Elections in Greece on Sunday were won by New Democracy, the centre-right party of former prime minister Kyriakos Mitsotakis. With about 90 percent of the votes counted, he obtained 40.5 percent of the votes, a result that will allow him to have 158 seats out of 300 in parliament and to govern without major problems alone. The other parties with the most votes were Syriza, the left-wing party led by Alexis Tsipras, which obtained 17.8 percent (equal to 47 seats), PASOK, the historic Greek centre-left party, which took about 12 percent (32 seats), and the Communist KKE, with 7.5 percent (20 seats), followed by the far-right parties Spartans and Greek Solution (both with just over 4 percent and 13 and 12 seats respectively). .
Today was the second election in Greece in just over a month. Already in the May elections, New Democracy clearly won, with 40.7 percent of the vote against Syriza’s 20 percent. But despite the good result it had obtained only 146 seats out of the 300 that make up the unicameral parliament of Greece, and therefore it had not managed to reach an absolute majority. Mitsotakis, convinced that he could improve his result with a new vote, had refused to form a coalition government, and since all the other parties had not been able to form an executive within a few days, new elections had been called .
In the May elections, however, they voted with a pure proportional system, while in Sunday’s elections a new electoral system approved in 2020 by the Mitsotakis government came into force, which assigns a flexible majority bonus: the winning party of the elections gets 20 more seats if it reaches 25 per cent of the vote and up to 50 more seats if it reaches 40 per cent.
For this, but not only, the victory of New Democracy was widely expected. Mitsotakis is very popular in the country, mainly due to the great economic successes achieved in his years in government. Starting from some good results of the previous government led by Alexis Tsipras, who had been prime minister between 2015 and 2019, Mitsotakis has adopted economic policies designed to favor businesses (on which he has significantly lowered taxes) and stimulate investment.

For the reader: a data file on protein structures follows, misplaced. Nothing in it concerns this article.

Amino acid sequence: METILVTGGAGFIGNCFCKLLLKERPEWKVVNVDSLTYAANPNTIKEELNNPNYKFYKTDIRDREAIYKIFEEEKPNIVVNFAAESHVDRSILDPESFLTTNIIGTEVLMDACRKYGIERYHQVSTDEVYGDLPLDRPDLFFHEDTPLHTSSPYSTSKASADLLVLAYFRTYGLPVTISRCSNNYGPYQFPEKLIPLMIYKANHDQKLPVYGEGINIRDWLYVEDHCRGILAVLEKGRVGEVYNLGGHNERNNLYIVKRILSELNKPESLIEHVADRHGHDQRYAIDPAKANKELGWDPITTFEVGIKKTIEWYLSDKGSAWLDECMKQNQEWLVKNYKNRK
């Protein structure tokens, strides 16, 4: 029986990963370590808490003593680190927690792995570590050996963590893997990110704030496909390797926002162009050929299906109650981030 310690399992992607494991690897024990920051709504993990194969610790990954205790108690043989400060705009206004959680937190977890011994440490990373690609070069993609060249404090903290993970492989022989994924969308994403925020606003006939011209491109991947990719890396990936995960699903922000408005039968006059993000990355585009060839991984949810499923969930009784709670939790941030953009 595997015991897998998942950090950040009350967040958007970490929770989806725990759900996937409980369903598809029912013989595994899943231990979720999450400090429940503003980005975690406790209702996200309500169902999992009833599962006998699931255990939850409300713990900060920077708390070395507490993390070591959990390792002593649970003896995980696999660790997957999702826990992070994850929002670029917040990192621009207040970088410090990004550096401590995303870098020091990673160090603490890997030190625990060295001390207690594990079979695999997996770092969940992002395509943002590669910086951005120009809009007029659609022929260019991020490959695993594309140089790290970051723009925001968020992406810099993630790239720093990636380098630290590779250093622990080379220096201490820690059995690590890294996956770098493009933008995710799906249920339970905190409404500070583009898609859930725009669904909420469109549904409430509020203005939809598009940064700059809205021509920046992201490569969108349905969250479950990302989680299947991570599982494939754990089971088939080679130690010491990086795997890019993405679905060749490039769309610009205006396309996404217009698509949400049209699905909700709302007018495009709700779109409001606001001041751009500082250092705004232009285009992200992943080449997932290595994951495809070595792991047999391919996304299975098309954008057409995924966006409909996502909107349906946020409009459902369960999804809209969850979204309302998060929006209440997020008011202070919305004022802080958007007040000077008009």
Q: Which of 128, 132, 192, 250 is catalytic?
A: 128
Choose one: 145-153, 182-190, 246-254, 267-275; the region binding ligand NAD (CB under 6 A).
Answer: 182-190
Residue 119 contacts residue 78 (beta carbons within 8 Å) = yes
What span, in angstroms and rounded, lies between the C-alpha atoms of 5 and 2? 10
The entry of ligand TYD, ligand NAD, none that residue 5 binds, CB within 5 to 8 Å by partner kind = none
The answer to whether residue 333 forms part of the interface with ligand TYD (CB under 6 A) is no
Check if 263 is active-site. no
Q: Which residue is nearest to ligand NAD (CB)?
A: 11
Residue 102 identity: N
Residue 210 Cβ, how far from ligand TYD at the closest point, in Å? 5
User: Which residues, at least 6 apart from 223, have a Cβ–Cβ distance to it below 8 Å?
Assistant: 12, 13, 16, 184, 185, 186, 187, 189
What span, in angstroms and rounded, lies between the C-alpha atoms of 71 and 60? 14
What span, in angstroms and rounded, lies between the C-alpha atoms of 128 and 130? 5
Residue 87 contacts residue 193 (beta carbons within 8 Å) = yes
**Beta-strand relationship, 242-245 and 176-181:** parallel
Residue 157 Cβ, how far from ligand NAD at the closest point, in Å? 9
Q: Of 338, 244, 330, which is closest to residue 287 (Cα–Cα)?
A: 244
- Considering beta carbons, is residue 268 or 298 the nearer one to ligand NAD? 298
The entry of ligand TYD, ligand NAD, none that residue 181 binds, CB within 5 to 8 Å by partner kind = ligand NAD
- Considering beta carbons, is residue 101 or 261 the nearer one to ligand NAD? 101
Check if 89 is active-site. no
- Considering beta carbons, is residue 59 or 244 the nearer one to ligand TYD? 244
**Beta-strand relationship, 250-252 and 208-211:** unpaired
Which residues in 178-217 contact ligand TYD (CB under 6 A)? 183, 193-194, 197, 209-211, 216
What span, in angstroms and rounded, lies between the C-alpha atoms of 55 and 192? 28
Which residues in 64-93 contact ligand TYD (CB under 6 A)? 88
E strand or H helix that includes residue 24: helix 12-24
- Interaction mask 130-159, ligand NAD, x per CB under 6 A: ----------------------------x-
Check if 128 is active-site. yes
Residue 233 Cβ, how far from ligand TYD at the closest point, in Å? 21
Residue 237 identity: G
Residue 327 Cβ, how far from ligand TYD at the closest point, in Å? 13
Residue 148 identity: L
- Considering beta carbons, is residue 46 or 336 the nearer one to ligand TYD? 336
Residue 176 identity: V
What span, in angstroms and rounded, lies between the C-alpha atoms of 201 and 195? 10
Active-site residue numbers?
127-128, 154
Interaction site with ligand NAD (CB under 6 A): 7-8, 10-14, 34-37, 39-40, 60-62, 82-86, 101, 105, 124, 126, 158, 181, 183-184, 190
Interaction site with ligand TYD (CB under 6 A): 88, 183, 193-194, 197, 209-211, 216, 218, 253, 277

Greece has had a period of fairly strong economic growth, the unemployment rate has more than halved since its peak in 2015 (it was 27.5 per cent, today it is just over 11) and for the first time since over a decade of cuts, the government has increased pensions and the minimum wage, albeit slightly. Greece has also repaid early International Monetary Fund loans that were taken out during the sovereign debt crisis and many believe that for the first time in 13 years its government bonds could get a positive rating from rating agencies.
However, Mitsotakis’ economic management was not without controversy: in particular, the country’s growth is considered rather uneven, and the deficit it’s still high: it means that the Greek state spends more than it earns, and this could be a long-term problem.
In recent weeks, the electoral campaign had focused above all on the case of the sinking of the migrant boat off the coast of Pilos, in which hundreds of people are estimated to have died and which is one of the most serious disasters in recent years in the Mediterranean. In Greece the debate had focused on the presumed responsibilities of the Coast Guard and on the extreme harshness of the migration policies wanted by the government. Mitsotakis had responded to the accusations by defending the Coast Guard and arguing that smugglers were responsible, whom he called “wretched” and “human scum”.